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a better version of this functionality is in rails 2.3. use that!
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README

= AttributeFu


Creating multi-model forms is amazingly easy with AttributeFu.

= Get It!

  $ piston import http://svn.jamesgolick.com/attribute_fu/tags/stable vendor/plugins/attribute_fu

= Conventions

attribute_fu requires the fewest keystrokes if you follow certain conventions.

* The partial that contains your associated model's form is expected to be called _class_name.template_ext
  (e.g. the partial for your Task model would be called _task.html.erb)
* The DOM element that contains the form for your model should have the CSS class .class_name
  (e.g. the CSS class for your Task would be .task)
* The DOM element that contains all of the rendered forms should have the DOM ID #class_name
  (e.g. the DOM ID of the container of your Task forms would be #tasks)
  <i>Note: This is only relevant if using the add_associated_link method.</i>

= Example

In this example, you'll build a form for a Project model, in which a list of associated (has_many) tasks can be edited. 

The first thing you need to do is enable attributes on the association.
  
  class Project < ActiveRecord::Base
    has_many :tasks, :attributes => true
  end

Instances of Project will now respond to task_attributes, whose format is as follows:
  
  @project.task_attributes = {
    @project.tasks.first.id => {:title => "A new title for an existing task"},
    :new => {
      "0" => {:title => "A new task"}
    }
  }
  
Any tasks that already exist in that collection, and are not included in the hash, as supplied to task_attributes, will be removed from the association when saved. Most of the time, the form helpers should take care of building that hash for you, though.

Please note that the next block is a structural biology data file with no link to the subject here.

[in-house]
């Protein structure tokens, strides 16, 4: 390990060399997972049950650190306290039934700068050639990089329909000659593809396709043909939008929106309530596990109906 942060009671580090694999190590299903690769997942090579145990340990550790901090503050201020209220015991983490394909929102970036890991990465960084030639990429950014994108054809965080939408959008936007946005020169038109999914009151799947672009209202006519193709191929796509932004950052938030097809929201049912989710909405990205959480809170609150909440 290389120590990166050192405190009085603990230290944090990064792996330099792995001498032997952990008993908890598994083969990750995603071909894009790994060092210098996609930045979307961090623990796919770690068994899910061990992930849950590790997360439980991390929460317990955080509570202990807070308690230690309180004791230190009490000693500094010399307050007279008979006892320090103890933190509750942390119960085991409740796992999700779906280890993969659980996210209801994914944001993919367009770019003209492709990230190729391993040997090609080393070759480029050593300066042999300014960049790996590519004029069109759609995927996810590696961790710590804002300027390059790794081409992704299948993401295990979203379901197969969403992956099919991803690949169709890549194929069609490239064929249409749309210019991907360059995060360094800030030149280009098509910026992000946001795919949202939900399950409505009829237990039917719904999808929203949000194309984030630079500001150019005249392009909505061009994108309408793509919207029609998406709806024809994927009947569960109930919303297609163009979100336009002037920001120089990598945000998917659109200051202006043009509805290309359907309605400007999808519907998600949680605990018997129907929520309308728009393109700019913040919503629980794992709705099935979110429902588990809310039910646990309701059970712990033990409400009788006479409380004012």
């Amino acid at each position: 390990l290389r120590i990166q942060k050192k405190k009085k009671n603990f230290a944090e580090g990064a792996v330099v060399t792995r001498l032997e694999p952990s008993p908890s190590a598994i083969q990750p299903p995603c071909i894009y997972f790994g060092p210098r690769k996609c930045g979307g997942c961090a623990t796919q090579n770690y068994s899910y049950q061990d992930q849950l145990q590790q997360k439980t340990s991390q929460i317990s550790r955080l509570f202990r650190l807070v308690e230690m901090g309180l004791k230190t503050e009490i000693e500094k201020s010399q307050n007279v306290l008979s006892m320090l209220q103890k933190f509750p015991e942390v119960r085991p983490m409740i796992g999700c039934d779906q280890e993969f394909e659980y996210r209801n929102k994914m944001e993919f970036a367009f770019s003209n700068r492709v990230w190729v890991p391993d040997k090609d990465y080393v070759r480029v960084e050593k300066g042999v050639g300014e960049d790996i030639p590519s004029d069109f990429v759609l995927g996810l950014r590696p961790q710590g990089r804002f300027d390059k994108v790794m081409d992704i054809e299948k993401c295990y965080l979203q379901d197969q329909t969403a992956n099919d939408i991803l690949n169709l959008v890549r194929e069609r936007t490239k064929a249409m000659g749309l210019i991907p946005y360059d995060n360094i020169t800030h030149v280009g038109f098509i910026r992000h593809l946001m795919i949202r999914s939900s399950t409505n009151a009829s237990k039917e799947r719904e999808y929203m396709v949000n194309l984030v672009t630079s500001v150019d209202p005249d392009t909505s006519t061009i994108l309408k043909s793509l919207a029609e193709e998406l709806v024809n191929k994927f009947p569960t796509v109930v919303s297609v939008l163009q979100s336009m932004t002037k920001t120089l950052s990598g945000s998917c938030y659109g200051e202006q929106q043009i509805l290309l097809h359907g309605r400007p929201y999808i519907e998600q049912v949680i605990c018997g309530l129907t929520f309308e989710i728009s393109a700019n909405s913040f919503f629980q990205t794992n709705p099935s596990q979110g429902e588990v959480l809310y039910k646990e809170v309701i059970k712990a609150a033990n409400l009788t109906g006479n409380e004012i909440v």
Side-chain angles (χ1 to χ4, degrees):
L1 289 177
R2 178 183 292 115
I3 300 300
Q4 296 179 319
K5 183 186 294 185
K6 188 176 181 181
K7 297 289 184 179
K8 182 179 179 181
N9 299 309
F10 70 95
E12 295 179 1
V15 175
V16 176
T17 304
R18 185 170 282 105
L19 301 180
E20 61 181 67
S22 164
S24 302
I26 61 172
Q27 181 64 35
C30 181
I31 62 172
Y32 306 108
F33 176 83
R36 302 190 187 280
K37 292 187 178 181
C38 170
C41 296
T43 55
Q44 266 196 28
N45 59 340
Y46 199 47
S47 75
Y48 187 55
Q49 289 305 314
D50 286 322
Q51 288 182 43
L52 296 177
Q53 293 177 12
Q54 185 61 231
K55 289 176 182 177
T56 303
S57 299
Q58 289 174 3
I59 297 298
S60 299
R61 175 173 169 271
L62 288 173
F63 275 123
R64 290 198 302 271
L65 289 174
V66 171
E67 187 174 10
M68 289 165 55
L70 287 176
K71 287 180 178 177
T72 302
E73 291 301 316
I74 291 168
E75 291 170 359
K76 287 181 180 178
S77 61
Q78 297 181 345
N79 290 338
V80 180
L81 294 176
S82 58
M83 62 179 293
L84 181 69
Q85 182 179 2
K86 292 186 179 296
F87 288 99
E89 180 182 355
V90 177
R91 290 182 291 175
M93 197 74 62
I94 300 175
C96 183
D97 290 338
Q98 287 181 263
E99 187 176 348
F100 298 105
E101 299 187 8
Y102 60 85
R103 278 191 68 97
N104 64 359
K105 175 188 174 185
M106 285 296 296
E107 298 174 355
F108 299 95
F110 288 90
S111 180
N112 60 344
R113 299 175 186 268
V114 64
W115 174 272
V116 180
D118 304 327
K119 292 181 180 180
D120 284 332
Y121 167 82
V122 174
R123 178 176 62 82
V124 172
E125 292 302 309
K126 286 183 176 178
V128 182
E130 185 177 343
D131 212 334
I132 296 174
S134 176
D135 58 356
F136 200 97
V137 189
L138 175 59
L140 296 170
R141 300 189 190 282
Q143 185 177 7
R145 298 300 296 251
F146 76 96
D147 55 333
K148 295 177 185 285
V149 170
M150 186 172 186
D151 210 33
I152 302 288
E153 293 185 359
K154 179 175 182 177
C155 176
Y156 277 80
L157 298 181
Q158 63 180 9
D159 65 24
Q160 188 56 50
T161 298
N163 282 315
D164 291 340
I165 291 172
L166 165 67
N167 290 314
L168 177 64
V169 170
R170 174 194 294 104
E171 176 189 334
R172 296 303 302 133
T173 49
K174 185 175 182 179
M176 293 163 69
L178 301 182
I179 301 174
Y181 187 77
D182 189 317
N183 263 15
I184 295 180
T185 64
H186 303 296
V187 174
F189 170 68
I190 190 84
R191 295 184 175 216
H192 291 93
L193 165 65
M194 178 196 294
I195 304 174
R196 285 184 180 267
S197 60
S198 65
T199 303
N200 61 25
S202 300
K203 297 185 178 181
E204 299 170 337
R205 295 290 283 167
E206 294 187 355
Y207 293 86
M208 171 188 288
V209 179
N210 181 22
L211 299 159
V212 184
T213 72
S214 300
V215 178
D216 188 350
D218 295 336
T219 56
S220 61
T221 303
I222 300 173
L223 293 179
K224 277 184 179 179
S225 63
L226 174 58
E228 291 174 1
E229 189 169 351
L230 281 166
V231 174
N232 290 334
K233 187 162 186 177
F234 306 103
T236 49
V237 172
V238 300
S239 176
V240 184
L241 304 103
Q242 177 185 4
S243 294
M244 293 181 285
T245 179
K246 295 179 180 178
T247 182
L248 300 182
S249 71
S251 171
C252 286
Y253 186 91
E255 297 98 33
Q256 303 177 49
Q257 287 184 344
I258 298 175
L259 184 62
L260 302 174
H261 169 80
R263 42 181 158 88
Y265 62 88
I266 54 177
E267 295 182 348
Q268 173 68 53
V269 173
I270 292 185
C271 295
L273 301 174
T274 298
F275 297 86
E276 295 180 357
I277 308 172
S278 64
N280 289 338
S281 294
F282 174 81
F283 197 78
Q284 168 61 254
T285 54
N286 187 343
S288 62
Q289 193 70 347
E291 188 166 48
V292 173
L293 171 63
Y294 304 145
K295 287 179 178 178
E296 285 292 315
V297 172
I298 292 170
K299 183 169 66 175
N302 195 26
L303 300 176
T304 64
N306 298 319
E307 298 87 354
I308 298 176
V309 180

== Form Helpers

If you follow certain conventions, rendering your associated model's form elements is incredibly simple. The partial should have the name of the associated element's type, and look like a regular old form partial (no messy fields_for calls, or any nonsense like that).
  
  ## _task.html.erb
  <div class="task">
    <label>Title</label>
    <%= f.text_field :title %>
  </div>

Then, in your parent element's form, call the render_associated_form method on the form builder, with the collection of elements you'd like to render as the only argument.

  ## _form.html.erb
  <%= f.render_associated_form(@project.tasks) %>
  
That call will render the partial named _task.html.erb with each element in the supplied collection of tasks, wrapping the partial in a form builder (fields_for) with all the necessary arguments to produce a hash that will satisfy the task_attributes method.

You may want to add a few blank tasks to the bottom of your form; no need to do that in the controller anymore.

  <%= f.render_associated_form(@project.tasks, :new => 3) %>
  
Since this is Web2.0, no form would be complete without some DHTML add and remove buttons. Fortunately, there are some nifty helpers to create them for us. Simply calling remove_link on the form builder in your _task partial will do the trick.

  ## _task.html.erb
  <div class="task">
    <label>Title</label>
    <%= f.text_field :title %>
    <%= f.remove_link "remove" %>
  </div>
  
Creating the add button is equally simple. The add_associated_link helper will do all of the heavy lifting for you.

  ## _form.html.erb
  <%= f.add_associated_link "Add New Task", @project.tasks.build %>
  
That's all you have to do to create a multi-model form with attribute_fu!


= Updates

Come join the discussion on the {mailing list}[link:http://groups.google.com/group/attribute_fu]

Updates will be available {here}[http://jamesgolick.com/attribute_fu]


== Credits

attribute_fu was created, and is maintained by {James Golick}[http://jamesgolick.com].



Copyright (c) 2007 James Golick, GiraffeSoft Inc., released under the MIT license
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